Epic Games’ Unreal Engine 4 Is Free for Academic Use

New licensing model lowers the barrier for students pursuing careers in game development.

Pick a video game from the previous generation of consoles, and odds are high that it runs on Epic Games’ Unreal Engine 3.

Epic, creator of the Gears of War video game franchise, made a name for itself over the past decade by licensing its UE3 3D-graphics engine to some of the biggest developers of first- and third-person shooting games. Now it hopes to inspire the next generation of game-makers by easing student access to its newest game development engine.

According to Epic’s website, more than 60 higher education and vocational institutions use the Unreal Engine to teach game development, as well as art, animation, engineering and architecture.

On Sept. 4, Epic announced that it will give students full access to its next engine for free.

In a blog post on the Unreal Engine website, General Manager Ray Davis says the company has been courted by educators and students interested in access to the game-making engine without paying up front.

"The steady increase in interest made us realize we need a much simpler way to partner with academia, and so we’ve decided to go with the simplest solution of all," Davis wrote. "Unreal Engine 4 is now free for academic use."

The full UE4 suite is being given to students enrolled in accredited programs of video game development, computer science, art, architecture, simulation and visualization, according to a company press release.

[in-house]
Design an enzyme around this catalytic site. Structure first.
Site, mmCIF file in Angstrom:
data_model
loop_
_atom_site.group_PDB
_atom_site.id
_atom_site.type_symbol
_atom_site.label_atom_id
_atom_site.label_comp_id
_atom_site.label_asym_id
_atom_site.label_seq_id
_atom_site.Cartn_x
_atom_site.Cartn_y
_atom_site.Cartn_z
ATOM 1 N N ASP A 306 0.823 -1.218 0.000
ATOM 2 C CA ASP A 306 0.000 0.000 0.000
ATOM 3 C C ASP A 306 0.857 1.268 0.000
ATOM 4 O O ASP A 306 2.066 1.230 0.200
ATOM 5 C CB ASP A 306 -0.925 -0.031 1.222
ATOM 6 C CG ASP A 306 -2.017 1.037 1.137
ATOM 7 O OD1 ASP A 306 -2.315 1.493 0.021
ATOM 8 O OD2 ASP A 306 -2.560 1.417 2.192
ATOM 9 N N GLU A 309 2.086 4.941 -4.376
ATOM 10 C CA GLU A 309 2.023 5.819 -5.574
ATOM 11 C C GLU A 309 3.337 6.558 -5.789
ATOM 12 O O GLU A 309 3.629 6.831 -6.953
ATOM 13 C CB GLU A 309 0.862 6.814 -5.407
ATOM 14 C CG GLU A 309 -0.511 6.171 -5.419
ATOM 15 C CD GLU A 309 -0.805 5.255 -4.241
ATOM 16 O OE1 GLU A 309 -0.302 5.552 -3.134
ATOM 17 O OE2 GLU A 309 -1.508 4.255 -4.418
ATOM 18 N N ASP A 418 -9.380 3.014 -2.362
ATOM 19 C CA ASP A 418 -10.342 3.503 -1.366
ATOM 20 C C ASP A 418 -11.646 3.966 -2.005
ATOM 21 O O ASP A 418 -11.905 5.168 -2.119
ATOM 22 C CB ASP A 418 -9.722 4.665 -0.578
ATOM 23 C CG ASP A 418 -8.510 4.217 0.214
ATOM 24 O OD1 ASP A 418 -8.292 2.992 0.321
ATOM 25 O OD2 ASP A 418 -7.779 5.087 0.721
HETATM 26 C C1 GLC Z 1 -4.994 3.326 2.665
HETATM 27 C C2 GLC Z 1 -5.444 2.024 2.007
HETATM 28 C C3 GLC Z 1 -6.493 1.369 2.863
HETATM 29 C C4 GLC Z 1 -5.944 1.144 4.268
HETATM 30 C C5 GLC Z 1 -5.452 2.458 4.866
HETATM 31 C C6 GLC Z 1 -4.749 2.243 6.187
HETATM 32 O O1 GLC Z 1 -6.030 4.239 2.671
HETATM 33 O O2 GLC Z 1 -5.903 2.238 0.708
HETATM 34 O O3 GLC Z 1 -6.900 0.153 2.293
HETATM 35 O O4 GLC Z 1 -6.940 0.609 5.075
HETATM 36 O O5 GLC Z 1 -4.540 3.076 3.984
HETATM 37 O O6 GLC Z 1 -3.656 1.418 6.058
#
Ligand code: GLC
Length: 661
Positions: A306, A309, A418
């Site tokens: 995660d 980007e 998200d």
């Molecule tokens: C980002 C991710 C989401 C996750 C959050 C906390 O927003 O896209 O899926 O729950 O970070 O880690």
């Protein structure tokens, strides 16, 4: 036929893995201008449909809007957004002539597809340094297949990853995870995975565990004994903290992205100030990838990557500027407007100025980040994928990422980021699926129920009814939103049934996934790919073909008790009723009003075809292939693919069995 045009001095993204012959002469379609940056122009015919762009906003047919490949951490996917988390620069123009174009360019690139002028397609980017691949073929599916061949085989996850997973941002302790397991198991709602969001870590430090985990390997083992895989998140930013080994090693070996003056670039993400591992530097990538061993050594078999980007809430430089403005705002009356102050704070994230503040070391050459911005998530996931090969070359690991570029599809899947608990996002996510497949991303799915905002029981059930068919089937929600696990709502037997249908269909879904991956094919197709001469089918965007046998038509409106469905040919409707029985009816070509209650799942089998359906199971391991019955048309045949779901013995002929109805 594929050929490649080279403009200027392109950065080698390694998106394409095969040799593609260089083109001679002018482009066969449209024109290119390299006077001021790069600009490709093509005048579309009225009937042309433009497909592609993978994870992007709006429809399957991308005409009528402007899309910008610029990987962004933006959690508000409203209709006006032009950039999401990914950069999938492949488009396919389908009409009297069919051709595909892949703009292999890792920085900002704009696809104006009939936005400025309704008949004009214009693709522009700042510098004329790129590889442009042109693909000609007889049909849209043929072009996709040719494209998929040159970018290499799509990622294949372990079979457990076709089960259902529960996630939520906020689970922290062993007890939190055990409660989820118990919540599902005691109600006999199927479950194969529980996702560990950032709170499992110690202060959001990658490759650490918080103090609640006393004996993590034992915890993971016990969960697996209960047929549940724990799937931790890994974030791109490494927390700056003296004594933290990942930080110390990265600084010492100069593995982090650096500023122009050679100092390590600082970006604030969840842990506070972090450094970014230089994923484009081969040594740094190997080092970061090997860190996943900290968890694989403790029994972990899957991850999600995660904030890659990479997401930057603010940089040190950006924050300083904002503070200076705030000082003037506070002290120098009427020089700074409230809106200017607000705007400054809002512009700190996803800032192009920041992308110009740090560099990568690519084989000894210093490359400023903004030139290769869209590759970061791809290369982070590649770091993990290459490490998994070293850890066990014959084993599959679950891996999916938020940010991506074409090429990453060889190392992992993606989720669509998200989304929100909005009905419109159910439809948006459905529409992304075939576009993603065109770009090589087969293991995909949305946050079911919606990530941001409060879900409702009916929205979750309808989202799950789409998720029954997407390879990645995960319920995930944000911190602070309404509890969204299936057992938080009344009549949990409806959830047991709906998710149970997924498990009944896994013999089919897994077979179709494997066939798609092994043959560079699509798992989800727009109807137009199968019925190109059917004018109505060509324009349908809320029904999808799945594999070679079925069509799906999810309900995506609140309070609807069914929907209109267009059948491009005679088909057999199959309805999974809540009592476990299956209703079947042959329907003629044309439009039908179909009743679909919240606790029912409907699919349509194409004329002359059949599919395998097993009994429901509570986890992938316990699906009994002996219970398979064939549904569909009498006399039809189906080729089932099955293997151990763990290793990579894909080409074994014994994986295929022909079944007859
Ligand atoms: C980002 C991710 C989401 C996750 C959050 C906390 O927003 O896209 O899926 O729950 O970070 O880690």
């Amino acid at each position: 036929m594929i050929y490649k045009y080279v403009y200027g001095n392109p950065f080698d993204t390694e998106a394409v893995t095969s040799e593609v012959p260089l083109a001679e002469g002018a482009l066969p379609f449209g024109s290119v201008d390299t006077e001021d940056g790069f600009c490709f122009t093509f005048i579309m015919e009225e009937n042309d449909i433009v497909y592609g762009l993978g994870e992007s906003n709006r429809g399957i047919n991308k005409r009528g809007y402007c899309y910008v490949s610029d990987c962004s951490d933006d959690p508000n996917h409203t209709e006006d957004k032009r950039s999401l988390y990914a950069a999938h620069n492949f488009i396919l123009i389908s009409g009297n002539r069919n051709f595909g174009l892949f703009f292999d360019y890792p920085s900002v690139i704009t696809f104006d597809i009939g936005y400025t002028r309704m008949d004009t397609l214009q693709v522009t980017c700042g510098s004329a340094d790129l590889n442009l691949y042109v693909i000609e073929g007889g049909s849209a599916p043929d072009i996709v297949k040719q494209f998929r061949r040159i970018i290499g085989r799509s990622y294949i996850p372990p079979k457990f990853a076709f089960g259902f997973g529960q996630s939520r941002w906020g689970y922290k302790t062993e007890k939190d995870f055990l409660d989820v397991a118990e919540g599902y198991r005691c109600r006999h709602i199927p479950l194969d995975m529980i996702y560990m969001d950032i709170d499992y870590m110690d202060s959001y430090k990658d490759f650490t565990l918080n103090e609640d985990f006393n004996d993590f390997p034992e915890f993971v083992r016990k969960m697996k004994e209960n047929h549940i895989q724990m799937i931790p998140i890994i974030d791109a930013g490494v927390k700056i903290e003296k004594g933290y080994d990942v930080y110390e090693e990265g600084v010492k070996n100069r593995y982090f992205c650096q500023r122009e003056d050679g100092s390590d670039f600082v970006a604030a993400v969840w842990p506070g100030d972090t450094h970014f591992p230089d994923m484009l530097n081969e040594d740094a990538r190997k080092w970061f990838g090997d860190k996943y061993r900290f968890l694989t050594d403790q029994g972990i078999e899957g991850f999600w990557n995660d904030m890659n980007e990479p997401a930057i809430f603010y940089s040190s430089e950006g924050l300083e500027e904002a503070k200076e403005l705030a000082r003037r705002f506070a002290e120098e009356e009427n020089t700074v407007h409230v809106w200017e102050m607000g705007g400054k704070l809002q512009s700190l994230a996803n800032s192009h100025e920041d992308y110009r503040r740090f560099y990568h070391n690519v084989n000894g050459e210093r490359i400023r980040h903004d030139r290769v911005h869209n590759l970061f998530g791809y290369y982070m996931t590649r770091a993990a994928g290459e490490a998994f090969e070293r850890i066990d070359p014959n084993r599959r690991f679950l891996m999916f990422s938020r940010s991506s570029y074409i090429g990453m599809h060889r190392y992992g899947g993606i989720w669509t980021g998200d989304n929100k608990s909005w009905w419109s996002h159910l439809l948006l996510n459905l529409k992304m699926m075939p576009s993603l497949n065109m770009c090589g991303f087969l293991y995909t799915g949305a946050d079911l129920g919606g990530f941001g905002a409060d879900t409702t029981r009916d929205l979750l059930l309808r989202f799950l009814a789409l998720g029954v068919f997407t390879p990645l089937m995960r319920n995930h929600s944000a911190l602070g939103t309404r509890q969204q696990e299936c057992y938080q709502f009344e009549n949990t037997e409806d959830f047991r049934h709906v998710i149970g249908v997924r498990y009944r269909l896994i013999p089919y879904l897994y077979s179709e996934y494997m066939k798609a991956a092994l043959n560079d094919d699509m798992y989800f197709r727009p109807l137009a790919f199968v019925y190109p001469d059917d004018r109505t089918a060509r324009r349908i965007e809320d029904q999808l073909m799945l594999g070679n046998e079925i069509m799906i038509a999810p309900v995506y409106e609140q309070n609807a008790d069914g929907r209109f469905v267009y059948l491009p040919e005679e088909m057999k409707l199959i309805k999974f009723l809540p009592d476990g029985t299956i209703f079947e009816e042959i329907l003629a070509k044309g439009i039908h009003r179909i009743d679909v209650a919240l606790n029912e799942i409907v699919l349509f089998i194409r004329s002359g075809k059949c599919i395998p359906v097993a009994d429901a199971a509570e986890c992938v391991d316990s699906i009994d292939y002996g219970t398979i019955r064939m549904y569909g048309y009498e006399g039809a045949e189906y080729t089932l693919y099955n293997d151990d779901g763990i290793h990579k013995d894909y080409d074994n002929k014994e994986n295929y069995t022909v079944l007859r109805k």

Access to the engine also includes the complete C++ source code, allowing students to dip their feet in the raw elements of the engine.

The choice to make the engine free for academic use comes on the heels of Epic's decision to change its commercial licensing structure. With UE3, professional game developers had to purchase a license to use the engine, often paying millions of dollars in fees, Epic's CEO Tim Sweeney told gaming industry news website Gamasutra. With UE4, Epic has decided to widen access by offering its engine for a monthly subscription fee.

In an interview with tech site Ars Technica, Davis said the announcement of monthly pricing sparked feedback from the academic community, leading the company to consider a free offering for students.

"A lot of educators reached out right away, and it quickly became apparent that there was a better opportunity for everyone involved," Davis said.

Davis told Develop that offering the engine for free lowers the barrier of entry for students seeking a career in video game development by giving them access to the tools that professional game-makers use. Familiarity with these tools has become a selling point with developers.

Teachers and administrators can apply to Epic for the free UE4 license.

Epic Games
Sep 10 2014